Doctor insights on:
Malignant Tumor Of Lymph Nodes
What does n1c means in colon cancer? What does it mean depostits of tumor but without lymph nodes involvement
Characteristics: These are all characteristics we use to determine the aggressiveness of a cancer. These dictate to us, if and which chemotherapy should be used and other treatments and follow ups accordingly. The features you describe should all warrant a consultation with an oncologist. ...Read moreSee 1 more doctor answer
Cancer is a group of diseases that is characterized by uncontrolled cell growth leading to invasion of surrounding tissues that spread to other parts of the body. Cancer can begin anywhere in the body and is usually related to one or more genetic mutations that allow normal cells to become malignant by interfering with internal cellular control mechanisms, such as programmed cell death or by preventing ...Read more
My husband had a colon tumor removed they got it all but has stage 3 colon cancer 6 of 20 lymph nodes what does this mean?
An excellent website: I am sorry to hear your news. You obviously have been going through a lot. The nih has an excellent, patient friendly website with info about this. See: http://www.Cancer.Gov/cancertopics/pdq/treatment/colon/patient/page2 the site goes on to discuss treatment. He is most likely looking at chemotherapy. Your oncologist should be able to help with the details. Good luck to you both. ...Read moreSee 2 more doctor answers
Why are tumor deposits in colon cancer considered as lymph nodes when there are no lymphovascular invasion, because of td it's becoming a stage 3?
Local spread: If the tumor deposits are located away from the main primary, then most authorities consider them to be equivalent to a positive lymph node(s). Most likely these deposits got there via lymphovascular invasion even if the pathologist could not see that histologically on the slides. The ajcc also considers discontinous tumor deposits as n1c in the pathological staging system. ...Read moreSee 1 more doctor answer
What type of cancer tumors can grow in neck and where can it grow? Have lump in back of neck that's not lymph nodes. Test for lymphoma by dr. Negative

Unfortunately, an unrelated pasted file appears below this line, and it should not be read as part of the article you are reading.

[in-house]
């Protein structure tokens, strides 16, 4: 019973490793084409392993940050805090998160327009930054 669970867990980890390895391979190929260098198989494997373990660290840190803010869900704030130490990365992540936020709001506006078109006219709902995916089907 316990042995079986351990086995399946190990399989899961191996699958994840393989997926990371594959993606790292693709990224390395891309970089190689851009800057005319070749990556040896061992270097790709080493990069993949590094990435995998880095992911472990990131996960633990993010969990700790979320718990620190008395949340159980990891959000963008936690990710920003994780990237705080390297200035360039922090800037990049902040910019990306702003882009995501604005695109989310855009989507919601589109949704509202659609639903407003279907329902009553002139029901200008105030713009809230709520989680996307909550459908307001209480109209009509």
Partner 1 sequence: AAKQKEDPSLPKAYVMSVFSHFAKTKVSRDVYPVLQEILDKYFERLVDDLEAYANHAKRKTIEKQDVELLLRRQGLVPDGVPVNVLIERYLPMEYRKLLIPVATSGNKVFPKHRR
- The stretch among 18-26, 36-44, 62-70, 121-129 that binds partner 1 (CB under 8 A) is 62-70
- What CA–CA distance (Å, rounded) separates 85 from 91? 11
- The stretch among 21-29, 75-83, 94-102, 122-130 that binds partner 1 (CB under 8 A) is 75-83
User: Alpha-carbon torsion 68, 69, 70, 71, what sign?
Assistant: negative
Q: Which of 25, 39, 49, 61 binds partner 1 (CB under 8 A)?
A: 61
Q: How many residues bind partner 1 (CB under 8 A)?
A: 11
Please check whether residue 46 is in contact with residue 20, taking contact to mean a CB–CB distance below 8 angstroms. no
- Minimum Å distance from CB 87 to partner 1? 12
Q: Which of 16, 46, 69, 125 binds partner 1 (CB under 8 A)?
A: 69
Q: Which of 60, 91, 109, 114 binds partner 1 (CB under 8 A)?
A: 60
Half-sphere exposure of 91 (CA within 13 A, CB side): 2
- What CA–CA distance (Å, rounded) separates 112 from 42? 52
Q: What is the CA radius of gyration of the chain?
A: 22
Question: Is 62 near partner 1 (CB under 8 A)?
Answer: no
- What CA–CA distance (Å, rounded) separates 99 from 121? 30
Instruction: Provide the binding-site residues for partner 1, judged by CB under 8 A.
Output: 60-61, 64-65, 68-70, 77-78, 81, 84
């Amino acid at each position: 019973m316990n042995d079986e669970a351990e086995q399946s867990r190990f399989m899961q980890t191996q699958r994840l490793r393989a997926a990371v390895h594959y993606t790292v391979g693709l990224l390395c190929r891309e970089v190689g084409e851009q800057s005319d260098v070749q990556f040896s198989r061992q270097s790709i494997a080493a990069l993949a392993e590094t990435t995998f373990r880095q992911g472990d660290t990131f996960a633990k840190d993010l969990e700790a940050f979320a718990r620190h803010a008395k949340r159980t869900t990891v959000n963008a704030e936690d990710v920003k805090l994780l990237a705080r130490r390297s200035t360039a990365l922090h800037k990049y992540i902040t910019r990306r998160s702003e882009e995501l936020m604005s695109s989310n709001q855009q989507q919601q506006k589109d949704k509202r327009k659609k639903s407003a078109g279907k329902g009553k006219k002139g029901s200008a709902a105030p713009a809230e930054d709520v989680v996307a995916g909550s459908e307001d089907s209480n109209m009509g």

Your doctor should g: A physical examination by a good doctor can guide you further. If there is a real lump in your neck, we need to know more about this lump...like how big is it? how long has it been there? is it growing in size or static? There are tumors that can arise from soft tissues of the neck like muscles and other structures that make up your neck. if the tumor is easily palpable, then you need X-rays done ...Read more
My mother has stage IV colon cancer that has mestitized to the liver. She has 15 tumors in liver with spots in her lungs and lymph nodes. Prognosis?
Stage IV colon cance: Your mohter's cancer is stage iv. Please refer to the table on this page for survival data: http://www.Cancer.Org/cancer/colonandrectumcancer/detailedguide/colorectal-cancer-survival-rates i am so sorry to hear that you are going through this terrible time. ...Read more
Pancreatic cancer: Oncologist says will use CT after chemo cycles to see if chemo worked. Tumor was removed with 2 lymph nodes. Is CT a good choice?
I have no thyroid, TT and tumor removal in 2012, i have slow growing jugular lymph nodes (2 of concern @ 2.1cm and 2.6cm) ?
Possible mets: In contrast to most H&N malignancies, thyroid Ca does not undergo a concomitant radical neck dissection. Rather nodes are plucked from the adjacent jugular veins. If no abnormal nodes noted at surgery the procedure encompasses the thyroid gland only. At 3 yrs. p.o. if jugular nodes are now noted , bx should be performed and if positive, the jugular veins should be dissected. ...Read moreSee 1 more doctor answer
If sum of ur lymph nodes were biopsied as + can they float inside the body & can setup anywhere 2 start forming another tumor?
Not exactly...: Lymph nodes (ln) are designed to trap anything that is "foreign" to our body such as cancer cells. We remove them to stage cancers; if cancer cells spread from the organ it originated in into the ln, we can assume that there are also cancer cells "elsewhere", ie, liver, lungs, bone, etc. Thankfully, chemotherapy can often often kill these cells before they take over these other organs. ...Read moreSee 2 more doctor answers
Is n1 which means lymph nodes involved better or n1c which is no lymph nodes involved but few nodules around the tumor which was out already better?
Depends on tumor.: The staging of each primary site (breast, lung, etc) is different. In general n0 means no lymph nodes positive. N1 will be limited ln metastases, n2 more extensive, n3 the worst. N1 may be subdivided as n1a, n1b, etc. In general the higher the n number and then the higher the letter in the subset, the worst the prognosis, but anything above n0 means cancer spread to lymph nodes. ...Read more
The term malignant can be used in several medical contexts, but is primarily used to describe cancers. More dangerous and disorderly than the benign growth of cells, malignant cells have developed genetic changes that can allow it to invade other tissues in an unregulated way. These tumors can later spread, or metastasize, to other parts of the body and ...Read more
"tumor" literally translates as "mass", so even a fresh bruise could be called a "tumor". Doctors use the term "neoplasm" (tranlates literally as new growth) to describe tumors that are abnormal growths of cells. These may be benign or malignant; "malignant" = cancer. In everyday usage, we use "tumor" ...Read more
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